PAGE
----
Funding Information: We wish to acknowledge the input of Sheffield diabetes nurse and HARPdoc educator, Valerie Gordon, who passed away during the course of the study. The study was performed by the HARPdoc Trial study group, members of which are listed in the supplementary material, Table . The authors are grateful to the research teams in each of the sites. We thank in particular Mustabshira Qayyum, the study manager; Sean Haywood, the study data manager; Karolina Bogdanowicz, who managed the set-up of the trial and Shrey Choudhary for additional data input. We acknowledge the valuable input of the members of the PPI group, Lis Warren, Vicky Ruzala, Arthur Durrant and Melanie Stephenson Gray; Elizabeth Ryan for the first draft of the statistical analysis plan and Dominic Stringer, who acted as the unblinded statistician and Elka Giemza and her team on the King’s College Hospital NIHR Clinical Research Facility and the staff of the King’s College London Clinical Trials Unit. We would also like to thank Prof. Amanda Adler (chair), Dr. Stephen Sharp and Dr. Mark Evans of our Data Monitoring Committee; Prof. James Shaw (chair) and Prof. Irene Stratton of our Trial Management Group and Prof Nick Oliver, Dr. Lalantha Leelarathna, Dr. J Miranda Rosenthal, Dr. Ahmed Iqbar, Dr. David Hopkins, Dr. Yee Cheah and Dr. Diarmuid Smith for adjudication of severe hypoglycaemia episodes. This project was funded by the Juvenile Diabetes Research Foundation Project Grant no 4-SRA-2017-266-M-N, Chief Investigator Professor Amiel, and made to King’s College London. Additional support was provided by the UK’s National Institute of Health Research (NIHR) through the South London Collaboration for Leadership in Applied Health Research and Care South London (CLAHRC), now the Applied Research Collaboration (ARC) at King’s College Hospital NHS Foundation Trust, London, UK. I.B. is supported by the NIHR Maudsley BRC and I.B. and by the CLAHRC. M.S is supported by a National Institute for Health Research (NIHR) Clinician Scientist fellowship (CS-2017-17-023). This paper thus represents independent research part funded by the National Institute for Health Research (NIHR) Biomedical Research Centre (BRC) at South London and Maudsley NHS Foundation Trust and King’s College London and the ARC. The views expressed are those of the authors and not necessarily those of the NHS, the NIHR or the Department of Health and Social Care. The study was sponsored jointly by King’s College London (Professor Rezavi, susan.dickson@ kcl. ac. uk) and King’s College Hospital NHS Foundation Trust, (Research & Innovation Office, kch- tr. research@ nhs. net). Funding Information: We wish to acknowledge the input of Sheffield diabetes nurse and HARPdoc educator, Valerie Gordon, who passed away during the course of the study. The study was performed by the HARPdoc Trial study group, members of which are listed in the supplementary material, Table?S10. The authors are grateful to the research teams in each of the sites. We thank in particular Mustabshira Qayyum, the study manager; Sean Haywood, the study data manager; Karolina Bogdanowicz, who managed the set-up of the trial and Shrey Choudhary for additional data input. We acknowledge the valuable input of the members of the PPI group, Lis Warren, Vicky Ruzala, Arthur Durrant and Melanie Stephenson Gray; Elizabeth Ryan for the first draft of the statistical analysis plan and Dominic Stringer, who acted as the unblinded statistician and Elka Giemza and her team on the King?s College Hospital NIHR Clinical Research Facility and the staff of the King?s College London Clinical Trials Unit. We would also like to thank Prof. Amanda Adler (chair), Dr. Stephen Sharp and Dr. Mark Evans of our Data Monitoring Committee; Prof. James Shaw (chair) and Prof. Irene Stratton of our Trial Management Group and Prof Nick Oliver, Dr. Lalantha Leelarathna, Dr. J Miranda Rosenthal, Dr. Ahmed Iqbar, Dr. David Hopkins, Dr. Yee Cheah and Dr. Diarmuid Smith for adjudication of severe hypoglycaemia episodes. This project was funded by the Juvenile Diabetes Research Foundation Project Grant no 4-SRA-2017-266-M-N, Chief Investigator Professor Amiel, and made to King?s College London. Additional support was provided by the UK?s National Institute of Health Research (NIHR) through the South London Collaboration for Leadership in Applied Health Research and Care South London (CLAHRC), now the Applied Research Collaboration (ARC) at King?s College Hospital NHS Foundation Trust, London, UK. I.B. is supported by the NIHR Maudsley BRC and I.B. and by the CLAHRC. M.S is supported by a National Institute for Health Research (NIHR) Clinician Scientist fellowship (CS-2017-17-023). This paper thus represents independent research part funded by the National Institute for Health Research (NIHR) Biomedical Research Centre (BRC) at South London and Maudsley NHS Foundation Trust and King?s College London and the ARC. The views expressed are those of the authors and not necessarily those of the NHS, the NIHR or the Department of Health and Social Care. The study was sponsored jointly by King?s College London (Professor Rezavi, susan.dickson@ kcl. ac. uk) and King?s College Hospital NHS Foundation Trust, (Research & Innovation Office, kch- tr. research@ nhs. net). Publisher Copyright: © 2022, The Author(s).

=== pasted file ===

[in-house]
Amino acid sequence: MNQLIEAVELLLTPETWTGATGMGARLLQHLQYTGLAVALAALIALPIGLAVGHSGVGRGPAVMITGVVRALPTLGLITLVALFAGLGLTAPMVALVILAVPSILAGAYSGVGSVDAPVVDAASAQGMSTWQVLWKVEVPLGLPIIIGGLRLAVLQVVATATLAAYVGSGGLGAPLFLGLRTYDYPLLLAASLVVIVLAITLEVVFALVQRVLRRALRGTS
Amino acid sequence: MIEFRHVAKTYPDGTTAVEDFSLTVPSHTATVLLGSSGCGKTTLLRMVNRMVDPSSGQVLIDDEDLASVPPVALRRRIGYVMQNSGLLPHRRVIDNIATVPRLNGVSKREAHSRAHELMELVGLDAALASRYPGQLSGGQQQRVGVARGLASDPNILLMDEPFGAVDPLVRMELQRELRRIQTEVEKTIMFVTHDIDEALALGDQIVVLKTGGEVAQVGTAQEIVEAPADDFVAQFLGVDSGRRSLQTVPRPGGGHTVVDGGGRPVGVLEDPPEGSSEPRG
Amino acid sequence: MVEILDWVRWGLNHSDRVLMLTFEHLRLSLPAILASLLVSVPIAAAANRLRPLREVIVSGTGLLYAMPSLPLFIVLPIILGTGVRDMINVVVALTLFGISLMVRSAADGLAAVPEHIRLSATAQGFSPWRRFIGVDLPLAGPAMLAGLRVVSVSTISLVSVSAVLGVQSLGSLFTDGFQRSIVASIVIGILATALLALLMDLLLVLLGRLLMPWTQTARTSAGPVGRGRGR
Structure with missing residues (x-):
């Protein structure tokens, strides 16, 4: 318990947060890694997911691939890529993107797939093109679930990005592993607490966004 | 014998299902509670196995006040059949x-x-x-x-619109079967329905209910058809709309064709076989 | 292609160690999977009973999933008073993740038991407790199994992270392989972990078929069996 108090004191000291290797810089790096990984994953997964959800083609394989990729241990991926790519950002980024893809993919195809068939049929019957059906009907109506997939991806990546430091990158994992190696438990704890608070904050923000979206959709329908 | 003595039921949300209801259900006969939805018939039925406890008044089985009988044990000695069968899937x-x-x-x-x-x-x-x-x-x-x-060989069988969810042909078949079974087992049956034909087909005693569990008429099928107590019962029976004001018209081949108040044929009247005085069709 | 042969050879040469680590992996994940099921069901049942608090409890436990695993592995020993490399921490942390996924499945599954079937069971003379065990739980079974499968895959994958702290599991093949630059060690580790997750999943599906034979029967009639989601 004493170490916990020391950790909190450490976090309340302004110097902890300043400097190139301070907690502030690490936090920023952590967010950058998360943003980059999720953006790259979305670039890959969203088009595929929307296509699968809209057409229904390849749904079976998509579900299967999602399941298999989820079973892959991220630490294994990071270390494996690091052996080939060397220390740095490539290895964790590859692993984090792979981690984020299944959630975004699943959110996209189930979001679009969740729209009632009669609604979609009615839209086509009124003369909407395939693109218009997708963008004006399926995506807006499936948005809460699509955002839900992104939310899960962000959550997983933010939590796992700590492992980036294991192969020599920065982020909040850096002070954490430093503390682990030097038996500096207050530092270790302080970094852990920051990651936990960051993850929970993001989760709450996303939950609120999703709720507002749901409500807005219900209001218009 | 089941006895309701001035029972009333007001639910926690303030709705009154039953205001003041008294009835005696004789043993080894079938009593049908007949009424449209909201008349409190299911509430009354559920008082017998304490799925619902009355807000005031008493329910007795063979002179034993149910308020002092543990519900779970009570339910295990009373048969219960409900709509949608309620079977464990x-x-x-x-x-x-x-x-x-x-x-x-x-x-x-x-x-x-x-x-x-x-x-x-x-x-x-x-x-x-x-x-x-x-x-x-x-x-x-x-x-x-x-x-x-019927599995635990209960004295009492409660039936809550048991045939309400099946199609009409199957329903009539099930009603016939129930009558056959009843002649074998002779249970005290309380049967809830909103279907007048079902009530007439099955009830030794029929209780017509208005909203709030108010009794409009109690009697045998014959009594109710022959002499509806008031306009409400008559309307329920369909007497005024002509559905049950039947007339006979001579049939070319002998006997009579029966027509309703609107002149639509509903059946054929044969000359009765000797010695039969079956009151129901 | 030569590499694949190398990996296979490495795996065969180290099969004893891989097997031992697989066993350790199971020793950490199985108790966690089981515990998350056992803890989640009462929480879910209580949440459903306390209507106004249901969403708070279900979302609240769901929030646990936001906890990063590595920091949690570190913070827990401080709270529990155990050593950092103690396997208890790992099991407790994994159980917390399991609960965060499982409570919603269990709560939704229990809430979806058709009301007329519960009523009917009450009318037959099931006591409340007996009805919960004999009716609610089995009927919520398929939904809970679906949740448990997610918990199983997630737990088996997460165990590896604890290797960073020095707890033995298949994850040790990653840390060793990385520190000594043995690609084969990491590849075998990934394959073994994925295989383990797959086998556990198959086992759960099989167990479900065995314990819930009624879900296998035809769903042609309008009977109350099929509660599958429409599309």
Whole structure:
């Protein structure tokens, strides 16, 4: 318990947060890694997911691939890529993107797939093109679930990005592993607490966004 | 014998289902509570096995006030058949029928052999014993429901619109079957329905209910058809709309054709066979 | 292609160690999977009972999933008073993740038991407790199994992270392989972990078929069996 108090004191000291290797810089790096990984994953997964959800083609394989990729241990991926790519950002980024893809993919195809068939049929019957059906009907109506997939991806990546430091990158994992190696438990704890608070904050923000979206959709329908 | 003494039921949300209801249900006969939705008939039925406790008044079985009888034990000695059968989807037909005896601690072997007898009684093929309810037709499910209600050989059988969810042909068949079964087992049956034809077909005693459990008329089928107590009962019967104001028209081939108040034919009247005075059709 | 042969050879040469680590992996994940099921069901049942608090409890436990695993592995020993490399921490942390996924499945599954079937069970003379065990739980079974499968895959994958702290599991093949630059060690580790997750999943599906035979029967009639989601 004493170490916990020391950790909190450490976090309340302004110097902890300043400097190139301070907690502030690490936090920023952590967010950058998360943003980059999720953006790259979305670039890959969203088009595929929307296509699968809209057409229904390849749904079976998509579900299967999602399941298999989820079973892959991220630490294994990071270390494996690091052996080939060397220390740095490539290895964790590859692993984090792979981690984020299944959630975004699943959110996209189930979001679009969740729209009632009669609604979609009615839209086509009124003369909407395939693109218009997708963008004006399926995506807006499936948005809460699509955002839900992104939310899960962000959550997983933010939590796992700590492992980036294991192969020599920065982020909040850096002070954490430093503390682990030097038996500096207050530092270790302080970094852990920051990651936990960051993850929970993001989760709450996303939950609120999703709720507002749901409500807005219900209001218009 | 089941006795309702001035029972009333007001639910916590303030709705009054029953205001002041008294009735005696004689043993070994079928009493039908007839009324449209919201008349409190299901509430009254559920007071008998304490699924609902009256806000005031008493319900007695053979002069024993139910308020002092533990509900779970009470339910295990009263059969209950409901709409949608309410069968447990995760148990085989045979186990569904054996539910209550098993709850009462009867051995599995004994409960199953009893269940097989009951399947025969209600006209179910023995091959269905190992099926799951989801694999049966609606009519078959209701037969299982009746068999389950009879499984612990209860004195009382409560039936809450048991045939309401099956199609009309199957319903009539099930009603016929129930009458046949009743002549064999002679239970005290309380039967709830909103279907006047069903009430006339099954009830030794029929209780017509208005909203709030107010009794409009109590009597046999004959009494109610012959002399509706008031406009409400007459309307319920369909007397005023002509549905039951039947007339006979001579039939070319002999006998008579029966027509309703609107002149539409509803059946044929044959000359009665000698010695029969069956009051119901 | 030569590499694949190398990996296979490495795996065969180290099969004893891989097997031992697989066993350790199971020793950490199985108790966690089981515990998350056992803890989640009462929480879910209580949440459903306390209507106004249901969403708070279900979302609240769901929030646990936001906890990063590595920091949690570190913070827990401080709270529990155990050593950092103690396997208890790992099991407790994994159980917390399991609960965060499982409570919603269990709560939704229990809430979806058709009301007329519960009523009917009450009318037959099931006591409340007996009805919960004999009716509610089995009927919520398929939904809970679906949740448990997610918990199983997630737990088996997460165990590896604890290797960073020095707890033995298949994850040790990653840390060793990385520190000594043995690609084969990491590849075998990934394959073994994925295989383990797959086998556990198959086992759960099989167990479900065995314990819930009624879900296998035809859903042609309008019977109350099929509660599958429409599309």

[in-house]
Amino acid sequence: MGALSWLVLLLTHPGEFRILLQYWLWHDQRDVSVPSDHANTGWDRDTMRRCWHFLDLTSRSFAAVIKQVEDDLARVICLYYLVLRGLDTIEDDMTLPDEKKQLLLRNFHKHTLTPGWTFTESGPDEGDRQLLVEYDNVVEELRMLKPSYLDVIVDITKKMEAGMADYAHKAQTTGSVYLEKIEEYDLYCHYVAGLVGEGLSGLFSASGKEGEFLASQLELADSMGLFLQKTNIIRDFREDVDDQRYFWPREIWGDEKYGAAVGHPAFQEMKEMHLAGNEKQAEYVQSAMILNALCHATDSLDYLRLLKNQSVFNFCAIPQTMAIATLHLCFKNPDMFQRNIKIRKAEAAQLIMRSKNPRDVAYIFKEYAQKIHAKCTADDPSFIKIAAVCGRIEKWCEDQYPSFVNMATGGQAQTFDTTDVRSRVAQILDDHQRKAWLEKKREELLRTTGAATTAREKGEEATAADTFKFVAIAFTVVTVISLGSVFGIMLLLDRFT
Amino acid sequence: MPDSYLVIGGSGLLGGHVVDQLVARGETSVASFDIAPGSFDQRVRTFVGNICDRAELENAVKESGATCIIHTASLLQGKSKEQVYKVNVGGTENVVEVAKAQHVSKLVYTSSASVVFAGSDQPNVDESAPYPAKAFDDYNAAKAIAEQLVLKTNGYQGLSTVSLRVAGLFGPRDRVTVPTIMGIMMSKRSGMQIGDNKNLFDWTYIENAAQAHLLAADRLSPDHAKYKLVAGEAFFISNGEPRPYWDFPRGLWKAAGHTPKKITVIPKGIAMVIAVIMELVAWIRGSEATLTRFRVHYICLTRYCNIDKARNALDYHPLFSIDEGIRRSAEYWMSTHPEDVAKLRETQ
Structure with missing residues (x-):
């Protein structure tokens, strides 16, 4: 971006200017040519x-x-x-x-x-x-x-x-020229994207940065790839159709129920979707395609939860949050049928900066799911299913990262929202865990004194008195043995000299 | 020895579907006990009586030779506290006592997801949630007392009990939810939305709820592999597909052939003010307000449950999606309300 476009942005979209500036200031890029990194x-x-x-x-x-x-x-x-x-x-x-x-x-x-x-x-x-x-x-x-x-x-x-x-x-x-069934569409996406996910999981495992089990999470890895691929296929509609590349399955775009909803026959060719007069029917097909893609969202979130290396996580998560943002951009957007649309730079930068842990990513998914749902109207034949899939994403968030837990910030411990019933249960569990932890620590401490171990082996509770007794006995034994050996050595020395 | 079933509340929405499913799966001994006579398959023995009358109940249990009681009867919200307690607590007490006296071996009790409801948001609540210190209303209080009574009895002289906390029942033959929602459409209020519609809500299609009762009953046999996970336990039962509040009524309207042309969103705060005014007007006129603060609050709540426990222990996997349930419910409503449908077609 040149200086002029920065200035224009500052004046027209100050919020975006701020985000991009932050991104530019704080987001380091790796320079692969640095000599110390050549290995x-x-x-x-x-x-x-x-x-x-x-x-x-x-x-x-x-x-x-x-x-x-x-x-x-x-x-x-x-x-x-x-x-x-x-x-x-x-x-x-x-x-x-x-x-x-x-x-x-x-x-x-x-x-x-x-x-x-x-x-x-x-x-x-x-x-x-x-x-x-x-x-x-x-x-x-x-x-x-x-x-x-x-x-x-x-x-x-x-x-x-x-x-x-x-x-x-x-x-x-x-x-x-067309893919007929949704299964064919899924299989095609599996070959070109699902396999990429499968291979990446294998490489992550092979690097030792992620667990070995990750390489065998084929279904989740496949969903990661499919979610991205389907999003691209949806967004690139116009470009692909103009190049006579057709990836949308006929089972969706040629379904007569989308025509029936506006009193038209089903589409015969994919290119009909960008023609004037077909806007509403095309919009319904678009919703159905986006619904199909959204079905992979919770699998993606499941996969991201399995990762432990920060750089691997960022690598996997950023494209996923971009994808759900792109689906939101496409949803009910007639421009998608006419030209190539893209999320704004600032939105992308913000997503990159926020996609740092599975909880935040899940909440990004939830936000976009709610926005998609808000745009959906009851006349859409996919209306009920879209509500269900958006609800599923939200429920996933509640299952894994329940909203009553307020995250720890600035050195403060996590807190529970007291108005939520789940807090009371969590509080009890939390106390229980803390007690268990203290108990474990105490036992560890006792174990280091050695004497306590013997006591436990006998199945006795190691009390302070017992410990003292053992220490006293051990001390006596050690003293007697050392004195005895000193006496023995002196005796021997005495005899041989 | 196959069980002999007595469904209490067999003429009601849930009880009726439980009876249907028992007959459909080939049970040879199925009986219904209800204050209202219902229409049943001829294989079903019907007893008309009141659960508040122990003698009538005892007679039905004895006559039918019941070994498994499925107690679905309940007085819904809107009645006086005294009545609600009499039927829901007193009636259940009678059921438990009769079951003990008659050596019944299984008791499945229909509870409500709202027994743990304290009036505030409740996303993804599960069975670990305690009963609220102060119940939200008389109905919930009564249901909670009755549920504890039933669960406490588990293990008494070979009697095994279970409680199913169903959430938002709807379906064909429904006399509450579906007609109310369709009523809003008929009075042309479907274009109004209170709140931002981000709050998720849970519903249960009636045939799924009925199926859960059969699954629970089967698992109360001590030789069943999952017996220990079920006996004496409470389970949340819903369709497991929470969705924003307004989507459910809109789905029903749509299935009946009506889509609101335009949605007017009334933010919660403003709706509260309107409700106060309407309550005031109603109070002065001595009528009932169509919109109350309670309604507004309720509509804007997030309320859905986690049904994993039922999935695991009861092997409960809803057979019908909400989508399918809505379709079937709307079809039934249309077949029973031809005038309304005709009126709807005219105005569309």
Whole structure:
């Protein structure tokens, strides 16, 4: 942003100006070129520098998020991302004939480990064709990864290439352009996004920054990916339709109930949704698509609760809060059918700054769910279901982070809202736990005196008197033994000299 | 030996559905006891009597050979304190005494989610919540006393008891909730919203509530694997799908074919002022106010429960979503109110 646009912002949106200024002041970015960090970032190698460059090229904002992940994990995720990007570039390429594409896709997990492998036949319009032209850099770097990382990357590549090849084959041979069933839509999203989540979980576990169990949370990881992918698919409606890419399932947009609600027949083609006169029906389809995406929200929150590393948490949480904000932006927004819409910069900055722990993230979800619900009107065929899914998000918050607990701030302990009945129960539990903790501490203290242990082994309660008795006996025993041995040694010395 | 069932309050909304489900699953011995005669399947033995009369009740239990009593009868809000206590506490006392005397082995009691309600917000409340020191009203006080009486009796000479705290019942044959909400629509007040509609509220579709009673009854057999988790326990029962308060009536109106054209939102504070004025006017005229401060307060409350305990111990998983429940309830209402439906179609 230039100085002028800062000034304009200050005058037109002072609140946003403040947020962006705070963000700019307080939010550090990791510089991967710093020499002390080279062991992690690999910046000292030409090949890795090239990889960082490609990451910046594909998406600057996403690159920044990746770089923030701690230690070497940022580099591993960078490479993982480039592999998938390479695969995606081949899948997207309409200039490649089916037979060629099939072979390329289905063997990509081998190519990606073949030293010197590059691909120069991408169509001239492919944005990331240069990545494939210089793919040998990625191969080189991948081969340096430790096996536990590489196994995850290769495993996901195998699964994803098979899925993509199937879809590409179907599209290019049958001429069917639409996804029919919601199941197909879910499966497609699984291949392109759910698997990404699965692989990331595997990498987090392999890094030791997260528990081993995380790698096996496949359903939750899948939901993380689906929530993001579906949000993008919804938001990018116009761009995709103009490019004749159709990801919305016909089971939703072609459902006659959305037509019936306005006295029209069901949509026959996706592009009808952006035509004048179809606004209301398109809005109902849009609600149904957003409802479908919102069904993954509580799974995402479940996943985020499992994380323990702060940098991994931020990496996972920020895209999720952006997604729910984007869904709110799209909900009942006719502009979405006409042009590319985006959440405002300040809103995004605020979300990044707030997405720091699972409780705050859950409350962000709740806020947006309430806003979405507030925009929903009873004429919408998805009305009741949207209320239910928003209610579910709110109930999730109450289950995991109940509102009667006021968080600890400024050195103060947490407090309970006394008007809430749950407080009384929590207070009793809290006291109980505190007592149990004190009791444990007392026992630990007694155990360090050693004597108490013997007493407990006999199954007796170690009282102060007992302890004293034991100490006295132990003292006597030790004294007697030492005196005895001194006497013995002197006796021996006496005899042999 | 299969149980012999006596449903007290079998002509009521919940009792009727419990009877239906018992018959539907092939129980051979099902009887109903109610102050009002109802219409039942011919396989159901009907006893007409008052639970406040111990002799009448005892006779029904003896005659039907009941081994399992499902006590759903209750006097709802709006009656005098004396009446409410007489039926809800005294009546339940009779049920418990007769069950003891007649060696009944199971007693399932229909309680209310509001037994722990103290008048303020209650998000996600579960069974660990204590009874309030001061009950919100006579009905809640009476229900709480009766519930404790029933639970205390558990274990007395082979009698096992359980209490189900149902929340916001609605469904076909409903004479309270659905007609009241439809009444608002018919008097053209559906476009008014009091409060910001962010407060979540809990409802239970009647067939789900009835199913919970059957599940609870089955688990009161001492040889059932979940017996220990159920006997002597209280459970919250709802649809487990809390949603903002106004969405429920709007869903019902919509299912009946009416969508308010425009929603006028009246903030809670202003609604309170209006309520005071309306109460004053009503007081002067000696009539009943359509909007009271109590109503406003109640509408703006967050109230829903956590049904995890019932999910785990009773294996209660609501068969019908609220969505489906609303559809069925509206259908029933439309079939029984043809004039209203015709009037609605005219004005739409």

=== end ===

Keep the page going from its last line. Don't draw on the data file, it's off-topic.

Documents